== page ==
Oil prices also fell by in excess of one per cent, as traders price-in the impacts of coronavirus on international travel and global production. Copper prices declined for a 13th straight day, to trade at their lowest point since September. The Australian Dollar has dropped into 66 cent handle.
3. China’s markets re-open: All eyes will be on the re-open of Chinese financial markets today. Having closed for the Lunar New Year holiday before the worst of Coronavirus hysteria hit, market participants are expecting steep falls for Chinese stocks today. China’s policymakers seem also to be anticipating a nervous day’s trade.
The PBOC announced over the weekend it would be injecting $US174 billion ($260 billion) worth of short-term funding into the countries financial system today, in order to contain potential panic in its markets.
4. Chinese PMI beats, but caveats apply: Chinese PMI data was released Friday, and by-and-large exceeded expectations. Though the Manufacturing figures only met estimates, and came barely above expansionary territory at 50, the Non-Manufacturing numbers, at 54.1, far exceeded expectations, taking composite PMI to a healthy 53.0. The data allayed some level of concern about business activity within the China’s economy.
However, with the survey’s cut-off data the 20th of January, it reflects little the impacts of the coronavirus outbreak. The market will keep an eye on China’s Caixin PMI data today.
5. US economic data underwhelms: Several US economic numbers were printed during Friday’s US session, and weakened the Dollar slightly. The US Fed’s chosen inflation gauge, the PCE Index, was updated, and revealed that while inflation ticked-up last month to 1.6 per cent, it remains well-below the US Fed’s 2 per cent target.
The market appeared most sensitive to the Chicago PMI reading on Friday, however. It dramatically missed expectations at 42.9, undershooting the forecast 48.9, renewing fears that perhaps US manufacturing activity remains in decline.
6. US earnings on Friday mixed: US earnings season is rolling on underneath the macro-level fear in financial markets. Friday’s batch of company results delivered a mixed picture. Amazon was the highlight. It smashed expectations, with its stock rallying over 7 per cent on Friday, after the company exceeded its sales and revenue estimates.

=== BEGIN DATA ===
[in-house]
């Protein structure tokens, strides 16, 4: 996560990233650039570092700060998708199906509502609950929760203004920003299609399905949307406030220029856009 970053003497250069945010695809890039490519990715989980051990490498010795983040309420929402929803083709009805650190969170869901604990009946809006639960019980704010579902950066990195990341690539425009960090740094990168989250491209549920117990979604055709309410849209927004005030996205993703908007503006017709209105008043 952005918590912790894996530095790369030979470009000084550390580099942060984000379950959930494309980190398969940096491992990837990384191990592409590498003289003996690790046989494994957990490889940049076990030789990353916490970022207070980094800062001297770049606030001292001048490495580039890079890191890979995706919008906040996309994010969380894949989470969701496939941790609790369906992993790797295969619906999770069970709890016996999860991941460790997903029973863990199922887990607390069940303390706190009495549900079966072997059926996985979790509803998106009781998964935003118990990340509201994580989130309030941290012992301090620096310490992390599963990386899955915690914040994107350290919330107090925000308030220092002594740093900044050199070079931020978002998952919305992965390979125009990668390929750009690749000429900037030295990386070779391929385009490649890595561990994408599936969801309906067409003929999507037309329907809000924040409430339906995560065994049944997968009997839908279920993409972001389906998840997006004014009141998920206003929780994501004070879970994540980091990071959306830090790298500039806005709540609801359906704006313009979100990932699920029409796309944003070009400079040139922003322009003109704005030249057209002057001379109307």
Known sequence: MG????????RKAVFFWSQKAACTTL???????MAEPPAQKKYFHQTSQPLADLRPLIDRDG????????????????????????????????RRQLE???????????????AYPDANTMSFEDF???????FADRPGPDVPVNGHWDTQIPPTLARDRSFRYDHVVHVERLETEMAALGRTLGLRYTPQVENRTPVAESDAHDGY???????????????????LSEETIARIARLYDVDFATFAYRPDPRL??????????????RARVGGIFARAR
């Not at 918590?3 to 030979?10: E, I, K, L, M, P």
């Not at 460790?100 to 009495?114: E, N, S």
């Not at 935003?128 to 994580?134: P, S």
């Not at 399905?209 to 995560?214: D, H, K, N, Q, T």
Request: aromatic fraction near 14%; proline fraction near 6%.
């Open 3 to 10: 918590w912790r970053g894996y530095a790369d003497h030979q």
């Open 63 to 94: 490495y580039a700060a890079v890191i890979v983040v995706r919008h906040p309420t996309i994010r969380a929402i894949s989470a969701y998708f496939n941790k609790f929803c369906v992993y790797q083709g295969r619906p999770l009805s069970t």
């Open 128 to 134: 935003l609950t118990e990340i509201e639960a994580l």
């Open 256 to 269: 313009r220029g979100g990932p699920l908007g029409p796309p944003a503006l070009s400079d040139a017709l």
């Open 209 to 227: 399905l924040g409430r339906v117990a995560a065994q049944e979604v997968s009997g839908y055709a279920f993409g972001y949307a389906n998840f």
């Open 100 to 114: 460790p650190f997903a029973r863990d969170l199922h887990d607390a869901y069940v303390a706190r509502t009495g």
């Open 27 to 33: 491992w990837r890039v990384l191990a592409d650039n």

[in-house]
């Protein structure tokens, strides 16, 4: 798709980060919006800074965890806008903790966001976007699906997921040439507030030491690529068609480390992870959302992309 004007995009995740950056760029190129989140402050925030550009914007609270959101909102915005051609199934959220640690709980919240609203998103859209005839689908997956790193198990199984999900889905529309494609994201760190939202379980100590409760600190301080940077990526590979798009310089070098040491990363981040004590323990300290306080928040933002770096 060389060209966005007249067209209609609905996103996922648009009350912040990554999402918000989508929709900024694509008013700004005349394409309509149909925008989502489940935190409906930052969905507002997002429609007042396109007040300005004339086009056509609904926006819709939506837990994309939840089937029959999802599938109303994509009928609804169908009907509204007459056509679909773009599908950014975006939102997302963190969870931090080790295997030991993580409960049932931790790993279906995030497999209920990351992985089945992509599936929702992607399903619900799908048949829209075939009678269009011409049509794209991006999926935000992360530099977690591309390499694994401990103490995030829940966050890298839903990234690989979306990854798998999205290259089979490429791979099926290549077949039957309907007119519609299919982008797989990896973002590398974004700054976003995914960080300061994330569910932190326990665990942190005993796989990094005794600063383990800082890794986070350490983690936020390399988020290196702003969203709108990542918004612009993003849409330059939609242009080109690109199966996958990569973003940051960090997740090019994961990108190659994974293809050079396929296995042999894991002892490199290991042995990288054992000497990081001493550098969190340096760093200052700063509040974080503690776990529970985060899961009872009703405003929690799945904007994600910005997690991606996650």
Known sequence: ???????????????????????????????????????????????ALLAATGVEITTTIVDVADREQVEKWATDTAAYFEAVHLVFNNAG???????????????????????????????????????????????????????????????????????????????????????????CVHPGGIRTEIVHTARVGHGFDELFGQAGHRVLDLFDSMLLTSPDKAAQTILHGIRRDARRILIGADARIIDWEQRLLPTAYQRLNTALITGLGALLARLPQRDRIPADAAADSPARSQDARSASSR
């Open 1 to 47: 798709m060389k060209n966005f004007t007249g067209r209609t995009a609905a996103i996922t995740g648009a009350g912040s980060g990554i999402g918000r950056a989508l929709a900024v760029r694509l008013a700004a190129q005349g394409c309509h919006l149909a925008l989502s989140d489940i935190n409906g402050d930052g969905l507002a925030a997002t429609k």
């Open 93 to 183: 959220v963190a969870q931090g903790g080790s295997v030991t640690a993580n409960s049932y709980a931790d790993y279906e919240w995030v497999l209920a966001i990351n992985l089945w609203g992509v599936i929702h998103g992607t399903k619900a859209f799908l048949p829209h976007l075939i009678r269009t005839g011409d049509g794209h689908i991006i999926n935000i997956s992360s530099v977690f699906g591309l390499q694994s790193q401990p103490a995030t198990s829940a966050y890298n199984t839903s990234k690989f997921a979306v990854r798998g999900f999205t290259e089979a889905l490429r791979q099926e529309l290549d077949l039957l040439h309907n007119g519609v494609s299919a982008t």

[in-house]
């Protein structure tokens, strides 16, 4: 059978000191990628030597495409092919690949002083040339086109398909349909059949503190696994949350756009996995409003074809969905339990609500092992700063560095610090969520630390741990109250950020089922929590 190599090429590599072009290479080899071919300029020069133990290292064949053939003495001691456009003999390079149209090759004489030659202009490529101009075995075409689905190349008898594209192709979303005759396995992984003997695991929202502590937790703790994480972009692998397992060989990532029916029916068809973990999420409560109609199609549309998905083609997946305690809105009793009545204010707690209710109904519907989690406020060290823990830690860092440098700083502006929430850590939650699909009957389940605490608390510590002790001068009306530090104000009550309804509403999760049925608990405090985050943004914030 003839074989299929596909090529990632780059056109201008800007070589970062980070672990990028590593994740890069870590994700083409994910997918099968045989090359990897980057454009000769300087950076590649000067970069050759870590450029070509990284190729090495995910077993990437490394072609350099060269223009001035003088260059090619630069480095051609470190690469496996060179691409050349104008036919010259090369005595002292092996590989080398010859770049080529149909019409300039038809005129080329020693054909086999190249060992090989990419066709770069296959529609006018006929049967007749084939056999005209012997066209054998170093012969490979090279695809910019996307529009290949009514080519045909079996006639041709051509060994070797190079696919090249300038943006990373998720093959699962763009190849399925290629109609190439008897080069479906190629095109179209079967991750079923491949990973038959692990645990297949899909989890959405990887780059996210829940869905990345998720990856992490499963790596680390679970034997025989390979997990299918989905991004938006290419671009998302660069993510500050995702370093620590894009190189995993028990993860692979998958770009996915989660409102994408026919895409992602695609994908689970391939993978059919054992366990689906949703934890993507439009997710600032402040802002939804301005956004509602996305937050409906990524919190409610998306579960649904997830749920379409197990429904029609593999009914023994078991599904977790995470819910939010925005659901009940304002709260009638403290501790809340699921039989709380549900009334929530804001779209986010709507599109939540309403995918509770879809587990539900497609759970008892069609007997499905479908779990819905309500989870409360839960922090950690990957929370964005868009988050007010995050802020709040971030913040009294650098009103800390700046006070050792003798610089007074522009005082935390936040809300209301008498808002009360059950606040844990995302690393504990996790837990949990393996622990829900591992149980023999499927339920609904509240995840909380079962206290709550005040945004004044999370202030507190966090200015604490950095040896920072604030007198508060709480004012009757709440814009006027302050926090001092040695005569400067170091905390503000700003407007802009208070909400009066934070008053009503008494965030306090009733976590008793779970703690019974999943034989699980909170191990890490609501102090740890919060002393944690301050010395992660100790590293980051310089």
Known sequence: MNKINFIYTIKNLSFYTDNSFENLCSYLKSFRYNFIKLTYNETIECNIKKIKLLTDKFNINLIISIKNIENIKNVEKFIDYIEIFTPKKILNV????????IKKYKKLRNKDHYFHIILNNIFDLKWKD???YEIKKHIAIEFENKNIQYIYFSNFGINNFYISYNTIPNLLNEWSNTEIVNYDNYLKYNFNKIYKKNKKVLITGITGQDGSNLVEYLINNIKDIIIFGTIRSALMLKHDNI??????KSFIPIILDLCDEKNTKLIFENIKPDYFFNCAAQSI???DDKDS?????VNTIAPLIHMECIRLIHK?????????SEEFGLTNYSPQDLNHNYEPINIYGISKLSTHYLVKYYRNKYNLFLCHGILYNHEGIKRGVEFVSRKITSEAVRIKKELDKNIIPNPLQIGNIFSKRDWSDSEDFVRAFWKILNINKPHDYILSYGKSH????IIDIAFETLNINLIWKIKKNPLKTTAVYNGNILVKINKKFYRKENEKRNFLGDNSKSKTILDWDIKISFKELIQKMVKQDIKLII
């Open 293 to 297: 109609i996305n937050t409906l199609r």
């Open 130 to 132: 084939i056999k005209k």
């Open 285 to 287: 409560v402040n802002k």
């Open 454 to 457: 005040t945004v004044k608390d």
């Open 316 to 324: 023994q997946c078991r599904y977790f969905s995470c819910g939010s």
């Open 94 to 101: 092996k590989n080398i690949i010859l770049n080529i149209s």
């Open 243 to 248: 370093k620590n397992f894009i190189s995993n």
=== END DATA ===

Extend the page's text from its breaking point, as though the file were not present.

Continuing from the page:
On the flip side, Caterpillar shares fell nearly 3 per cent on Friday, after the company lowered its profit guidance, off the back of concerns that global economic activity will continue to flag in 2020.
7. A nervous start to a risk-laden week: SPI Futures are pointing to a steep 119 loss for the ASX200 this morning. The start of February brings with it a high impact week of financial market data. US earnings season rolls-on, and the Australian reporting period swings into motion. The Iowa Democrat caucus is held today.
A slew of global PMI data is released, and US Non-Farm Pay rolls will cap off the week on Friday. The RBA meets on Tuesday, and local retail sales figures come-out on Thursday.
8. Market watch:
ASX futures down 119 points or 1.71 per cent to 6835
- AUD -0.5% to 66.92 US cents
- On Wall St: Dow -2.1% S&P 500 -1.8% Nasdaq -1.6%
- In New York: BHP -3.5% Rio -3.2% Atlassian -1.7%
- US techs: Amazon +7.4%, Apple -4.4%, Facebook -3.6%
- In Europe: Stoxx 50 -1.4% FTSE -1.3% CAC -1.1% DAX -1.3%
- Spot gold +1% to $US1589.16/oz
- Brent crude -0.2% to $US58.16 a barrel
- US oil -1.1% to $US51.56 a barrel
- LME aluminium -0.5% to $US1722 a tonne
- LME copper -0.4% to $US5567 a tonne
- 2-year yield: US 1.31% Australia 0.65%
- 5-year yield: US 1.31% Australia 0.66%
- 10-year yield: US 1.51% Australia 0.95% Germany -0.44%
- 10-year US/Australia yield gap: basis points
This column was produced in commercial partnership between The Sydney Morning Herald, The Age and IG
Information is of a general nature only.